The report that came out last week makes it clear that the SPS continues to deliver and function only because we have large numbers of staff working many extra hours over and above their contracts in order to keep things going. That is not sustainable. We are starting to see the effects and impacts of that in the sickness absence levels. That 60 per cent growth in absence comes from staff who are trying their best to come in and put in as many extra hours as they can to cover the rosters.
In a front-line service, staff cannot put the work to one side and pick it up later when people come back—we need every gap in that roster to be covered every time one appears. That requires staff to come in and work over and above the hours in their contracts. Those staff are becoming the new sickness absence figures themselves, because they cannot keep that going; the staff who are covering the gaps in the roster are themselves going sick and there is an ever-decreasing circle of staff left to pick up the pieces. The priority has to be that we get a staff complement that matches the prison population.
When the report came out last week, I said that we need to stop funding the Prison Service based on the number of people we wish we held and start funding it based on the numbers we actually hold. That is where we are: we do not have the staff complement to deal with the prison population.
Given what you have said about the recruitment problems and attracting people to the profession as a career, do you have any suggestions that might help? If there is a magic bullet that could get people into the service, what would it be?
As the convener touched on earlier, it is a catch-22 situation: until we have fixed some of the things that stop us looking—to someone on the outside—like an attractive career option, just adding to the salary will not make people feel confident and enthusiastic about joining the service. A salary rise will help the staff who are already in the service and will give them an indication that what they are doing to keep things afloat is being recognised. However, to attract new people to the service we need to deal with the core issues, such as the increase in prisoner numbers, which is increasing violence, which in turn is increasing sick absences. Until we tackle that core issue of having far too many prisoners inside our prisons, I am not sure that we can tackle the rest.
I completely agree that we need to get the staff levels right. The flatline budget that the SPS has had for several years is really drawing out and the pressure is coming to a head. There are several things that would be worth investing in if there is money available. SPS has agreed to carry out a pilot on in-cell technology in Polmont on the back of our mental health report. We welcome that. However, as a whole, the SPS is way behind England in the number of prisons that have access to in-cell technology, which we know reduces mental health issues and therefore takes pressure off prison staff.
Another thing that we have seen in the private prisons is investment in kiosks where prisoners can make their own appointments and order meals. There is a lot of transactional activity that is carried out by Phil Fairlie’s colleagues that could be removed through the greater use of such technology. It would be beneficial to invest in that. We would also like to see more use of things such as videolinks to make the family visits process easier for those who have to travel from afar. That would be helpful.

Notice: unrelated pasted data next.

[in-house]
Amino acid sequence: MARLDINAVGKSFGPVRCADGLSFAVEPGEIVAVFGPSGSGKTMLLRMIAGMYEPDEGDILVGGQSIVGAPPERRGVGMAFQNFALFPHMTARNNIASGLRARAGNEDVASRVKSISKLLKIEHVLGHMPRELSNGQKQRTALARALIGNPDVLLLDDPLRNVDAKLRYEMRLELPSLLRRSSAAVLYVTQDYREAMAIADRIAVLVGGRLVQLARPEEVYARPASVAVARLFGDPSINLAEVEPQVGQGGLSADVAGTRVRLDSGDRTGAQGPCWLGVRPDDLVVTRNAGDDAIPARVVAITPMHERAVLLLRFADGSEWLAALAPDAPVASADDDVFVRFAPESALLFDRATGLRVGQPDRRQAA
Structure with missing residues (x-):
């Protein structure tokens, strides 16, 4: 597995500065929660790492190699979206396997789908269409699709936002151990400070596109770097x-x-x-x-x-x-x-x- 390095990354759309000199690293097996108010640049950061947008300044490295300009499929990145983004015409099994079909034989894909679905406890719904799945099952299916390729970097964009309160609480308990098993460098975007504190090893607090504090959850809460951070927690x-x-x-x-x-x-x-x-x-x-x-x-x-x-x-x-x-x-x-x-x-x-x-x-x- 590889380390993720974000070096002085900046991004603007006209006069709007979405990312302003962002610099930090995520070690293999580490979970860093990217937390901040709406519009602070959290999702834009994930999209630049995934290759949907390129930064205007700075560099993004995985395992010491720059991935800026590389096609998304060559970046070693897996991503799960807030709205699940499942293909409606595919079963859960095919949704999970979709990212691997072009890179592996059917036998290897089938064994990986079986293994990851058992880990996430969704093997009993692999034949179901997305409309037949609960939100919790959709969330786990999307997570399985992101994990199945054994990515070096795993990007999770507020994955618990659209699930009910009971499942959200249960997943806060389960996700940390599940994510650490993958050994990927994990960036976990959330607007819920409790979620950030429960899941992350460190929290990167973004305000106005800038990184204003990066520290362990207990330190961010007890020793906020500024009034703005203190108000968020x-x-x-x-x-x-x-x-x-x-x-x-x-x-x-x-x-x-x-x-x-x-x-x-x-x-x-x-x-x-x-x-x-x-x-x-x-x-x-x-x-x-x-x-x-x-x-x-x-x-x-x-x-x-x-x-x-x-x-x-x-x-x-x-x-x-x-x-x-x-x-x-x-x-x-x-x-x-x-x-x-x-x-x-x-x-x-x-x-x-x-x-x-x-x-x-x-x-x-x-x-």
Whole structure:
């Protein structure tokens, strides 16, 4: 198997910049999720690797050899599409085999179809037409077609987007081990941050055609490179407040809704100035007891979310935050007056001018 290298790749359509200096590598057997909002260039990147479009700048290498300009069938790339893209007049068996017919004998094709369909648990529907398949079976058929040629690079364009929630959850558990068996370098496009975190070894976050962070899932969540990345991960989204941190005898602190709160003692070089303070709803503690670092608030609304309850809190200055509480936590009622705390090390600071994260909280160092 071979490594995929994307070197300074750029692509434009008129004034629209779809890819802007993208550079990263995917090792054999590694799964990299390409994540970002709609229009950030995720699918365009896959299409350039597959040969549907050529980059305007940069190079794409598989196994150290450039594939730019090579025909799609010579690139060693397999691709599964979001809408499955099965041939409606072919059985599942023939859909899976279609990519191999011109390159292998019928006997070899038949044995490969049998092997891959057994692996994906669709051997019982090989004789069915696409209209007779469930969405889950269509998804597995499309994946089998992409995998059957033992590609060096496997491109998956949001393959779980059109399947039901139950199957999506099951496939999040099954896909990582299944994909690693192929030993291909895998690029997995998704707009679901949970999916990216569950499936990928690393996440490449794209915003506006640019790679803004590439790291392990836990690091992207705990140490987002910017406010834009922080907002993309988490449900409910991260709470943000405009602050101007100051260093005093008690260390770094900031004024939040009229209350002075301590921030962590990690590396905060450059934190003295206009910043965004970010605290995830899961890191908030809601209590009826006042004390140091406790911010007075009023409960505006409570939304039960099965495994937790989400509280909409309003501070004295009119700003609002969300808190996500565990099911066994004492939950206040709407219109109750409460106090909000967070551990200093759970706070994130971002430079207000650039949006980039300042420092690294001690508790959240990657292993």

I suppose that we would hope that the new prison estate will have all that included.
Yes, we would hope so.
I have a question on future funding for rehabilitation. Phil Fairlie talked about new psychoactive substances and drugs in prison. Off the top of my head, I recall that 17 per cent of prisoners in 2009 tested positive for drugs when they left prison and that that figure had gone up to about 26 per cent in 2018. If I am right about that, we are not preventing the drugs—or whatever those things are—from getting in, which will have a significant impact on the staff and the attractiveness of the job. It will lead to an increase in assaults—anecdotally, I understand that staff sometimes ingest the stuff.
What can be done? I have heard about something called a Rapiscan. Should the SPS, the Scottish Government or someone be investing to deploy that across the estate?
The compounds of the new psychoactive substances are changed so regularly that sometimes the normal methods that we use to detect drugs coming in are not effective. The dogs are very effective for detecting drugs such as such as cocaine, heroin and cannabis, but they are not quite as effective in identifying psychoactive substances, so we need other means.
The Rapiscan that Mr Kerr referred to is a great piece of equipment, but—and this comes down to budget—there are only three for the whole estate. Those three pieces of equipment rotate around the service and it is pot luck whether one is available at any given time. When they are available, they are very effective. We should have one in every prison.
It is not as though we have prisons where psychoactive substances are not an issue—they are an issue in every single establishment. We have a piece of equipment that we know is far more effective than what we have used up to now. It requires capital investment to buy that equipment and so prevent the substances from coming in.
A couple of minutes ago, Stephen Sandham mentioned the striking figure of the number of cells that are suitable for disabled prisoners. Have you made any recommendations to the Scottish Prison Service on how it might invest to improve that figure drastically?